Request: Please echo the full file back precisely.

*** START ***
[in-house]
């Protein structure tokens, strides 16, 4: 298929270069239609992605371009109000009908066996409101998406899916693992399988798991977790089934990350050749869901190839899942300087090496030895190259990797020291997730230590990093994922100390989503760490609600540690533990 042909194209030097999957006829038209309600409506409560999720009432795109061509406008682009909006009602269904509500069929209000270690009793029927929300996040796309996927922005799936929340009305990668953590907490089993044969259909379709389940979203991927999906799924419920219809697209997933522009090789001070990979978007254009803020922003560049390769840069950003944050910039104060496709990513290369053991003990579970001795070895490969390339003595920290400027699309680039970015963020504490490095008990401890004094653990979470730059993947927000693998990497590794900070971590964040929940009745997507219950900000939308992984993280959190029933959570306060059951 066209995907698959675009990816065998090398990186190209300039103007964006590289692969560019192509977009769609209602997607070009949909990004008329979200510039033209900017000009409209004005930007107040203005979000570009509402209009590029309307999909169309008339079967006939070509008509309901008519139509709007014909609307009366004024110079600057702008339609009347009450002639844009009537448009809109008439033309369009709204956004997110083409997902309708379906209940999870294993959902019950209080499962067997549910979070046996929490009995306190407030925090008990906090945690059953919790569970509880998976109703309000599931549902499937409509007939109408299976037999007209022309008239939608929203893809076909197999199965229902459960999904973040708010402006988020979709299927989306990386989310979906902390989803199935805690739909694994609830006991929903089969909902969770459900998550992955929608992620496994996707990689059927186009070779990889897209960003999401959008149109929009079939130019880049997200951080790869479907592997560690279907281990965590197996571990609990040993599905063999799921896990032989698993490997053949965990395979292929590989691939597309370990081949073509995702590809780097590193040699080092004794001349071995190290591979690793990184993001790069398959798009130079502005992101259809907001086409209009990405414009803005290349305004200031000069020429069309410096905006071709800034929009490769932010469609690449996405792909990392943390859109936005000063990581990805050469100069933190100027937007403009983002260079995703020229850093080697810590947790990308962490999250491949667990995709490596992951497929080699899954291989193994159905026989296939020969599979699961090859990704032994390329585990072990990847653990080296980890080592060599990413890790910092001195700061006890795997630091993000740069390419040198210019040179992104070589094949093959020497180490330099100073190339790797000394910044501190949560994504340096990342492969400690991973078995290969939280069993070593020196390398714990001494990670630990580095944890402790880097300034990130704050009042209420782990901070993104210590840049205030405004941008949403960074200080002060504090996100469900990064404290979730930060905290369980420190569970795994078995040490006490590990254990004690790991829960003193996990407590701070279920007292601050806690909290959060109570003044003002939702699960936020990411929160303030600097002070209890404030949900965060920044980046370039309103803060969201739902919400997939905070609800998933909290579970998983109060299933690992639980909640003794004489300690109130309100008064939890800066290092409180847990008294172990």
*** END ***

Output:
[in-house]
């Protein structure tokens, strides 16, 4: 298929270069239609992605371009109000009908066996409101998406899916693992399988798991977790089934990350050749869901190839899942300087090496030895190259990797020291997730230590990093994922100390989503760490609600540690533990 042909194209030097999957006829038209309600409506409560999720009432795109061509406008682009909006009602269904509500069929209000270690009793029927929300996040796309996927922005799936929340009305990668953590907490089993044969259909379709389940979203991927999906799924419920219809697209997933522009090789001070990979978007254009803020922003560049390769840069950003944050910039104060496709990513290369053991003990579970001795070895490969390339003595920290400027699309680039970015963020504490490095008990401890004094653990979470730059993947927000693998990497590794900070971590964040929940009745997507219950900000939308992984993280959190029933959570306060059951 066209995907698959675009990816065998090398990186190209300039103007964006590289692969560019192509977009769609209602997607070009949909990004008329979200510039033209900017000009409209004005930007107040203005979000570009509402209009590029309307999909169309008339079967006939070509008509309901008519139509709007014909609307009366004024110079600057702008339609009347009450002639844009009537448009809109008439033309369009709204956004997110083409997902309708379906209940999870294993959902019950209080499962067997549910979070046996929490009995306190407030925090008990906090945690059953919790569970509880998976109703309000599931549902499937409509007939109408299976037999007209022309008239939608929203893809076909197999199965229902459960999904973040708010402006988020979709299927989306990386989310979906902390989803199935805690739909694994609830006991929903089969909902969770459900998550992955929608992620496994996707990689059927186009070779990889897209960003999401959008149109929009079939130019880049997200951080790869479907592997560690279907281990965590197996571990609990040993599905063999799921896990032989698993490997053949965990395979292929590989691939597309370990081949073509995702590809780097590193040699080092004794001349071995190290591979690793990184993001790069398959798009130079502005992101259809907001086409209009990405414009803005290349305004200031000069020429069309410096905006071709800034929009490769932010469609690449996405792909990392943390859109936005000063990581990805050469100069933190100027937007403009983002260079995703020229850093080697810590947790990308962490999250491949667990995709490596992951497929080699899954291989193994159905026989296939020969599979699961090859990704032994390329585990072990990847653990080296980890080592060599990413890790910092001195700061006890795997630091993000740069390419040198210019040179992104070589094949093959020497180490330099100073190339790797000394910044501190949560994504340096990342492969400690991973078995290969939280069993070593020196390398714990001494990670630990580095944890402790880097300034990130704050009042209420782990901070993104210590840049205030405004941008949403960074200080002060504090996100469900990064404290979730930060905290369980420190569970795994078995040490006490590990254990004690790991829960003193996990407590701070279920007292601050806690909290959060109570003044003002939702699960936020990411929160303030600097002070209890404030949900965060920044980046370039309103803060969201739902919400997939905070609800998933909290579970998983109060299933690992639980909640003794004489300690109130309100008064939890800066290092409180847990008294172990």